They also managed to get Rwanda approved by China as one of the countries on level of ‘destinations status’.

This is a very significant move as Rwanda’s tourism industry will start earning from the booming Chinese economy as middle class tourists  trek to Rwanda.

The government has put tourism as an essential sector to the development of Rwanda. As a result, it has invested heavily in the infrastructural sector: hotels, restaurants.

Road transport and communication have been greatly improved also, making Rwanda a preferred destination for many tourists looking for entertainment.

The government has also approved the tourism policy document which hopes to improve community-based tourism in Rwanda, as more locals will be encouraged to tour many of the picturesque sceneries in the country, and contribute to earnings from the industry.

ORTPN’s profile has been boosted by the number of high profile guests in Rwanda. Among the international VIPs to be hosted in Rwanda is Bill and Melinda Gates, Ambassador Andrew Young, renowned international conservationist Jack Hanna, and Hollywood A-list actress Natalie Portman, and most recently Hollywood heartthrob Ewan McGregor, who was in country in July 2007.

Today, Rwanda is a mix of the surreal and the sublime. While sometimes the infrastructure might be archaic, and the bureaucracies tediously slow, the rewards of testing one’s mettle in one of Africa’s last wilderness regions (especially the Nyungwe forest) are difficult to resist.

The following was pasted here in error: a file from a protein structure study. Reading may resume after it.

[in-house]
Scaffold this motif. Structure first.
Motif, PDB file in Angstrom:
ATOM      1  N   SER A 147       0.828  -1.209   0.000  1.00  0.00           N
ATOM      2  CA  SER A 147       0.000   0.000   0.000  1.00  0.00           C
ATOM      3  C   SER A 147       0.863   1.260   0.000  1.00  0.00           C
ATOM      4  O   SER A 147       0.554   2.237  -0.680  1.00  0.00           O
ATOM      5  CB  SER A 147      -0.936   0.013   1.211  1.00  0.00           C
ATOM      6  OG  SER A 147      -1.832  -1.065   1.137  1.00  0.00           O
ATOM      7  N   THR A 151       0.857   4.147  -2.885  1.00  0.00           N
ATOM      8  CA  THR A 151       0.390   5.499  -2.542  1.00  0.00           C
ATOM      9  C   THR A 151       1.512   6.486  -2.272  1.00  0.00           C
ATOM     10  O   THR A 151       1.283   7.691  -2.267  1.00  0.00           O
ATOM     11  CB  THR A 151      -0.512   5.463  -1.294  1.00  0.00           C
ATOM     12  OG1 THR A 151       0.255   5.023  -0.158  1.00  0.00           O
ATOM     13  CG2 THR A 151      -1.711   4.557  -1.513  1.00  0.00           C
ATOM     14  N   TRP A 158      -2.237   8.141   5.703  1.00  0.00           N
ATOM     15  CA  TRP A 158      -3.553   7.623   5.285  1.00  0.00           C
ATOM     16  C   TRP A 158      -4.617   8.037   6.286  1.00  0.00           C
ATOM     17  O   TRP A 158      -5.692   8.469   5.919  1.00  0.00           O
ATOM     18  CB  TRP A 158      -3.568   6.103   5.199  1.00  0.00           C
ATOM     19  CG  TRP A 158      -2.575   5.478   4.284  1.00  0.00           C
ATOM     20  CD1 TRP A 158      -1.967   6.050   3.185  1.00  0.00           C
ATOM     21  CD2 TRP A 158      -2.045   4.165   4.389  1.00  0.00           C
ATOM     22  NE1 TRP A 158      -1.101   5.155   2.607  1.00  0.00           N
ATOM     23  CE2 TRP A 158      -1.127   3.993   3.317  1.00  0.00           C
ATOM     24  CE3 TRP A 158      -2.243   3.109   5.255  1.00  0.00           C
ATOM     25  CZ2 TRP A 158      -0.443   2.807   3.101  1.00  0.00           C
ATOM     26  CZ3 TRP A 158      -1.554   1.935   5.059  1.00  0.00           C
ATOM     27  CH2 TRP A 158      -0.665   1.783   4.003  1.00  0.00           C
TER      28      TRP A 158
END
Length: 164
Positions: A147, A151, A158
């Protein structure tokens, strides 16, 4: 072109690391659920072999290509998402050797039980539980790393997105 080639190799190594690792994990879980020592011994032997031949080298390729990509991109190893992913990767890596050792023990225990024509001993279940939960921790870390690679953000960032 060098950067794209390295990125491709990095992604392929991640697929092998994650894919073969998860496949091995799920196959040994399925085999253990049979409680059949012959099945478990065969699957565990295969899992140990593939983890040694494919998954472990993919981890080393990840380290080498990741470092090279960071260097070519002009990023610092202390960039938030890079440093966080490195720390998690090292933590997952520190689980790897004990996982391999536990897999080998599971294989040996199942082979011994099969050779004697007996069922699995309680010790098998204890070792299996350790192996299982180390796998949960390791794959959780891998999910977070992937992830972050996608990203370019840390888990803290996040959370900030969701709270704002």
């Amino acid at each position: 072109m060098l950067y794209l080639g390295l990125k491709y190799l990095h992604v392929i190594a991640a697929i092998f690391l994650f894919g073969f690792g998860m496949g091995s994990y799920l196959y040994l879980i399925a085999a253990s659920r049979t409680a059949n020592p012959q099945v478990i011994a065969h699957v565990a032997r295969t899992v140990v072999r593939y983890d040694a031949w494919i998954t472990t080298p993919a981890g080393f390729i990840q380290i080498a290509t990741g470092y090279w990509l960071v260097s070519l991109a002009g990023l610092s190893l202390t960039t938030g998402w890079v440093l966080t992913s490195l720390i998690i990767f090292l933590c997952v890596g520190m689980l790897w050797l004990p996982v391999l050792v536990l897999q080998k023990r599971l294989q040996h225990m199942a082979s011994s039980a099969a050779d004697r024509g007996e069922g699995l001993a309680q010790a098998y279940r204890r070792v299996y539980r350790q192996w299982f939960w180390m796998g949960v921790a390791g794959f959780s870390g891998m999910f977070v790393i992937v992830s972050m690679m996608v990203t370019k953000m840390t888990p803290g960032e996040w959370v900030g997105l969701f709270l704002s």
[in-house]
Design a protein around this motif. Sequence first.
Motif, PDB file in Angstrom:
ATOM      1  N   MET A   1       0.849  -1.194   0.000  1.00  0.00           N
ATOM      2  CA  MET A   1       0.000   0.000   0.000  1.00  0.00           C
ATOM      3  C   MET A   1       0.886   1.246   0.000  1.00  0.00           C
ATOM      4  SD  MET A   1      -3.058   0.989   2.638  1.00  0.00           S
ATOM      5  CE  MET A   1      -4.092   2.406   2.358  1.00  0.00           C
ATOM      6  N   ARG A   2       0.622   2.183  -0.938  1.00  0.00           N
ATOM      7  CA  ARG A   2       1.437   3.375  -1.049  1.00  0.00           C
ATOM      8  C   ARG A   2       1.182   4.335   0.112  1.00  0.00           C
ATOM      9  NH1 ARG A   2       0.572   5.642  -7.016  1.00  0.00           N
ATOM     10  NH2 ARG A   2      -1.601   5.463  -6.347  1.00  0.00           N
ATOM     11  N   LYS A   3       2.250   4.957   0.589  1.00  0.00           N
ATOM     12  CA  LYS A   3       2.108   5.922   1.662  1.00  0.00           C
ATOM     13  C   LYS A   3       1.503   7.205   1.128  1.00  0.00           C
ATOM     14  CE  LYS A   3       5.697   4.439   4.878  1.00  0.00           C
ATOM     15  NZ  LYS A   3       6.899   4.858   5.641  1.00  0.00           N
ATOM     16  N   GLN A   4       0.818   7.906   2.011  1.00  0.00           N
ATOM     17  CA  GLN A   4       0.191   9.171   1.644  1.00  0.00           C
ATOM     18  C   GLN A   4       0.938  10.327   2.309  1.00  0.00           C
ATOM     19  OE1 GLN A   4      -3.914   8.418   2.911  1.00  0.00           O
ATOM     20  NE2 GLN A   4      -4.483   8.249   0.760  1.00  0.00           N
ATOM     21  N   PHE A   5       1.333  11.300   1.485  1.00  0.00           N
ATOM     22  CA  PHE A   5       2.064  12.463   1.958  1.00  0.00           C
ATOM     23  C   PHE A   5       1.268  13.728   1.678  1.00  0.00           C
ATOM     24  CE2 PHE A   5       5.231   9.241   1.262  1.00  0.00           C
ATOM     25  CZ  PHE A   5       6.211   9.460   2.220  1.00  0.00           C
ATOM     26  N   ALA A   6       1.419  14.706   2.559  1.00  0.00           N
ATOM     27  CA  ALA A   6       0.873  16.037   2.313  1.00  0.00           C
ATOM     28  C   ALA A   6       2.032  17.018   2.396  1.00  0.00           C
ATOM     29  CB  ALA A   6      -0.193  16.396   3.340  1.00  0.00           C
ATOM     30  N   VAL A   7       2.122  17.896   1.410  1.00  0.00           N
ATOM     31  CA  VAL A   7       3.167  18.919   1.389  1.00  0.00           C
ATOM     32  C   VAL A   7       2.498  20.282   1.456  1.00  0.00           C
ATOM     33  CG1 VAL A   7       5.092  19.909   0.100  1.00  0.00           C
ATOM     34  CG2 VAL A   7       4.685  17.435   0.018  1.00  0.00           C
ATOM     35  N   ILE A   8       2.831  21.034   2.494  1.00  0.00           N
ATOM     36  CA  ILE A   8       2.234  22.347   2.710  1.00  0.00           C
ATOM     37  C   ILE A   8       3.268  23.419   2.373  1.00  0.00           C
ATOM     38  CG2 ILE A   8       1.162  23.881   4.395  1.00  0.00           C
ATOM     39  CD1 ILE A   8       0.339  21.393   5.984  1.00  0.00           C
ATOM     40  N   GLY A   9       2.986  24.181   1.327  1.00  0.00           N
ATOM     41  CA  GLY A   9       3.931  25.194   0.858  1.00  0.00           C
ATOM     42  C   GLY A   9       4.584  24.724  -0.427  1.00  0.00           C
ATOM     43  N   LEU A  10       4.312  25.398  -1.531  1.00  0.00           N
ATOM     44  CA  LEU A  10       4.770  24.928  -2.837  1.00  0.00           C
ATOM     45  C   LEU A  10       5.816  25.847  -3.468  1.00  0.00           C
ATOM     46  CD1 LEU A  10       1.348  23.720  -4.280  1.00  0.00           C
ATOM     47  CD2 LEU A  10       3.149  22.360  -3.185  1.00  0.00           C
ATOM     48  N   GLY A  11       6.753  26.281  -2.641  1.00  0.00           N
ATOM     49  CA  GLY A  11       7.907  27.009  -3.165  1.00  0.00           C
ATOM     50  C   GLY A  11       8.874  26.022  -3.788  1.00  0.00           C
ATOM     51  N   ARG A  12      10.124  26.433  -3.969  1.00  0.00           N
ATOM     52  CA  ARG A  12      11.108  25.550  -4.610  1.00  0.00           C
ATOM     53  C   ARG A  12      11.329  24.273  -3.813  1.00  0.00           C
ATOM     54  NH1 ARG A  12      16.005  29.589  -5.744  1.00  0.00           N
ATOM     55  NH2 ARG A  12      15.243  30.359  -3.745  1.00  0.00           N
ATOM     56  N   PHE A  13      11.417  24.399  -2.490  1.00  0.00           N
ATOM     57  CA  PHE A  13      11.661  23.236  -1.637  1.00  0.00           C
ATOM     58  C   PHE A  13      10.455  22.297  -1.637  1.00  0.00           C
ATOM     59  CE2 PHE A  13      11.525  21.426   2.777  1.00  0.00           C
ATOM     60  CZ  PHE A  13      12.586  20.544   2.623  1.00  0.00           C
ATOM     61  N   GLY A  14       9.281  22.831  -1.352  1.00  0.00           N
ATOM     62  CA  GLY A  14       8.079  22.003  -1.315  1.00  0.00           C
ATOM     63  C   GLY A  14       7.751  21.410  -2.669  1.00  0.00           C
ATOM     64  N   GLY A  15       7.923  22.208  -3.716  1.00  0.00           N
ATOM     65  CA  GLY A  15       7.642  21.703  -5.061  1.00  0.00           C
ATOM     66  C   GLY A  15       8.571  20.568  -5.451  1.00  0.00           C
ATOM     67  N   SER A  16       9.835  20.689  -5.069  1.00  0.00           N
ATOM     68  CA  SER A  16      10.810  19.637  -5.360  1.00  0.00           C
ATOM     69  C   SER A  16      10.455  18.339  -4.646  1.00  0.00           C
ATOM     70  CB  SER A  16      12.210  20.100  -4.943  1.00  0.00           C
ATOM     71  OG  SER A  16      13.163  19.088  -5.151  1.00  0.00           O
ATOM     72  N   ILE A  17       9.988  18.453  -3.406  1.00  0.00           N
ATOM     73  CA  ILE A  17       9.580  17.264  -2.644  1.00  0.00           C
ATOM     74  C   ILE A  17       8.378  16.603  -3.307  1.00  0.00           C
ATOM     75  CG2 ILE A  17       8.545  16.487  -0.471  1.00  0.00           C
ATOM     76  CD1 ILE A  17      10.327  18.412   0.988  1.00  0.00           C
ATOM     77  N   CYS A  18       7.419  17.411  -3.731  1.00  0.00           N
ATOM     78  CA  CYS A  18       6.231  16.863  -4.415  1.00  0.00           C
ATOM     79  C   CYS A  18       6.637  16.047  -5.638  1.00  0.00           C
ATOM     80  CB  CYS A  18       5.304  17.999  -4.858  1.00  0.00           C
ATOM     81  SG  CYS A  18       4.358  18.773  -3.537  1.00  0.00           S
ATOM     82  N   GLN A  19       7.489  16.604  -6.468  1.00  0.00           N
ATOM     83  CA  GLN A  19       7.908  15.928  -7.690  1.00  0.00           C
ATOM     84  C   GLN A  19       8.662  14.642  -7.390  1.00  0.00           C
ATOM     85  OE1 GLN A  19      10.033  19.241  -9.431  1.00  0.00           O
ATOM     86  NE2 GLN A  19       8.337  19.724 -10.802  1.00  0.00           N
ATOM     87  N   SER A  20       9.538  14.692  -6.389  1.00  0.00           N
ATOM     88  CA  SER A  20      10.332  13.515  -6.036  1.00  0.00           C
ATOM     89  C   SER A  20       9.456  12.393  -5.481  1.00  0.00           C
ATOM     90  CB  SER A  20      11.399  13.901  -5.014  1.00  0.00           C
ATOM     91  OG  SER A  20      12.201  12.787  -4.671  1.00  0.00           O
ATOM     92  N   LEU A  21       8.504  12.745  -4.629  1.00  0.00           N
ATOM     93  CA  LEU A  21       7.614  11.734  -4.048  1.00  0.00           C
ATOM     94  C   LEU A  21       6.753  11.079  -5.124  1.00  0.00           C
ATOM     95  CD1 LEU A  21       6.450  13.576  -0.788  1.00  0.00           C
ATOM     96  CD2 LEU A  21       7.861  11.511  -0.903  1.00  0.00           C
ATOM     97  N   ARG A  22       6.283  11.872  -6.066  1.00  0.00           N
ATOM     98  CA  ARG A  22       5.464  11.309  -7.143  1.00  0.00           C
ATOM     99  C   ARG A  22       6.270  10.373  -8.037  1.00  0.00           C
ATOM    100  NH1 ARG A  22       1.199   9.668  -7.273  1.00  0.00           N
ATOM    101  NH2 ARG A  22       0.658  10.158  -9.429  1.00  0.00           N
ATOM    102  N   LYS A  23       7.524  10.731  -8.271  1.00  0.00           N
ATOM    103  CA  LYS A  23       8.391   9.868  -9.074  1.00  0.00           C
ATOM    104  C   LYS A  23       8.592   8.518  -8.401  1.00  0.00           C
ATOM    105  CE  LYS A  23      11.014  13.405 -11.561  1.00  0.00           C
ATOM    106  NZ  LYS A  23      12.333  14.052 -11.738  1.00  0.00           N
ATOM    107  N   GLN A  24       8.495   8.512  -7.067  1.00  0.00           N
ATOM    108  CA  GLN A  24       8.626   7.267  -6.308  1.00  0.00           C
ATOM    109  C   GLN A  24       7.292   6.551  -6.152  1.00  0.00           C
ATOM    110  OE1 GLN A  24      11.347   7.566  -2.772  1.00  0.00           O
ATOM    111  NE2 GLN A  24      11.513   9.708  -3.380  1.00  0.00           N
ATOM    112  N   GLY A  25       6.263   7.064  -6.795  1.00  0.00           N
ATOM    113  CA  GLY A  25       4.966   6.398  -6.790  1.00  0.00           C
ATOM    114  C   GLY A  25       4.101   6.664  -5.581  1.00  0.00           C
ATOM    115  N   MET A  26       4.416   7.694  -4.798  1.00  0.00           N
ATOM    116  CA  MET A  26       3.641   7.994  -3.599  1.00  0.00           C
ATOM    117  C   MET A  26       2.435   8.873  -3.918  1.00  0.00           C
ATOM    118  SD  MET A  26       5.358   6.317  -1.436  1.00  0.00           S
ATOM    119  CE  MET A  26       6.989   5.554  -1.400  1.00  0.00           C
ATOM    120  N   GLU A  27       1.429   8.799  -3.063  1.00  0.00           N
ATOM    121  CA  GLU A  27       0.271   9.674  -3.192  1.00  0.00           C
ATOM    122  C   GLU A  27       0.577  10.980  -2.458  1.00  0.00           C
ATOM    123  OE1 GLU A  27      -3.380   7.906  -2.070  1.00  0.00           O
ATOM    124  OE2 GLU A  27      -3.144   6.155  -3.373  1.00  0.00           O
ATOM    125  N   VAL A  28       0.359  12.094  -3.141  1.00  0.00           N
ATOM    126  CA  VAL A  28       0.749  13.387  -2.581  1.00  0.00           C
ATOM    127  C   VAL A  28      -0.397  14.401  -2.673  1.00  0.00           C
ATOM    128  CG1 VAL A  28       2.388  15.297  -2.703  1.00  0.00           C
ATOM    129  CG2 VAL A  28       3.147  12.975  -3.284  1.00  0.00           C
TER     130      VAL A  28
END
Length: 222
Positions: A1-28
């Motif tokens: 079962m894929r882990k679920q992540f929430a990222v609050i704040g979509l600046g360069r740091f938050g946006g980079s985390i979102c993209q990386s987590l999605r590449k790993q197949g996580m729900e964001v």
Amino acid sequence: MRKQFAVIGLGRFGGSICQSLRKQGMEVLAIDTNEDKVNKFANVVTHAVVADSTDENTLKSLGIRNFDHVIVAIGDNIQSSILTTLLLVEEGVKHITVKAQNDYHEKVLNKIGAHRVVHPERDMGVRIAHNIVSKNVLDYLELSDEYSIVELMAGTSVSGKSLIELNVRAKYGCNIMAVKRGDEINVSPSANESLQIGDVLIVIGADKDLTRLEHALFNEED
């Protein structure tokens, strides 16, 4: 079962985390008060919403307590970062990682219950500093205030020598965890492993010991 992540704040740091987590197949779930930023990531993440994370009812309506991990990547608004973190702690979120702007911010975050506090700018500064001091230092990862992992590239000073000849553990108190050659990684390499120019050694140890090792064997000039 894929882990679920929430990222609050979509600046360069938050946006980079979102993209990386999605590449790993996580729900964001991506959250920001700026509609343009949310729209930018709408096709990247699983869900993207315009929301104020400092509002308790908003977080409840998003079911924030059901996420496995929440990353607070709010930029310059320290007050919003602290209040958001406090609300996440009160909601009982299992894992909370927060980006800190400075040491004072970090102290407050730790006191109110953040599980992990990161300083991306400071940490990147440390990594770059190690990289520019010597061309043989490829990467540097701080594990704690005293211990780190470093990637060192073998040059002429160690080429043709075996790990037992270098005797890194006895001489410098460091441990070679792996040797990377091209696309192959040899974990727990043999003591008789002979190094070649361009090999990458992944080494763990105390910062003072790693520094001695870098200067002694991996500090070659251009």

Besides, it’s unlikely that you’ll be the only explorer wrestling with the red tape. Safely cocooned inside sturdy dark green 4x4s, car-loads of curious travellers are now spilling across the border with Uganda, or sometimes heading northwest to the picturesque resort town of Gisenyi..

Though Gisenyi was seriously affected by the fighting that was in Rwanda during, before and after 1994, Gisenyi is Rwanda without the war-wounds.

It is a bustling and vibrant peaceful settlement embellished by attractive beaches and islands and dominated by a dazzling white horizon of Lake Kivu.

The town and boulevards are reminiscent of the pastel-cream colonial buildings with well paved streets.

On almost every turn of the town new buildings with exotic designs are springing up, seen from a hilltop Gisenyi tells a full story of Rwanda’s past present and future.

The old city market is a hub activity, on the tranquil boulevards from Bralirwa’s plant to Serene Hotel and the town centre camera lagging tourists are luxuriously walking and loud music is playing from cassette shops across the streets.

Among the most high profile tourists to come to Rwanda include US formwer president Bill Clinton, who has since established a hospital in Rwinkwavu neary Akagaera National Park that is funded by the Clinton Global Foundation.

Martina Navratilova the greatest women Tennis player. Hollywood superstars have also made the trip to Rwanda, they include; Darryl Hannah, Owen Mcgregor, Natalie Portman, and Quincy Jones-who has since bought an island on L Muhazi on which he plans to invest in hotel and ICT firms in Rwanda.

The world’s richest man Bill Gates has also been drawn to Rwanda’s unique beauty and commitment to develop from poverty.

After visiting several attractions and projects in Rwanda, Bill Gates announced that he would spend $900,000 to build a medical centre where doctors and technicians from across the region will be trained in treating infectious diseases.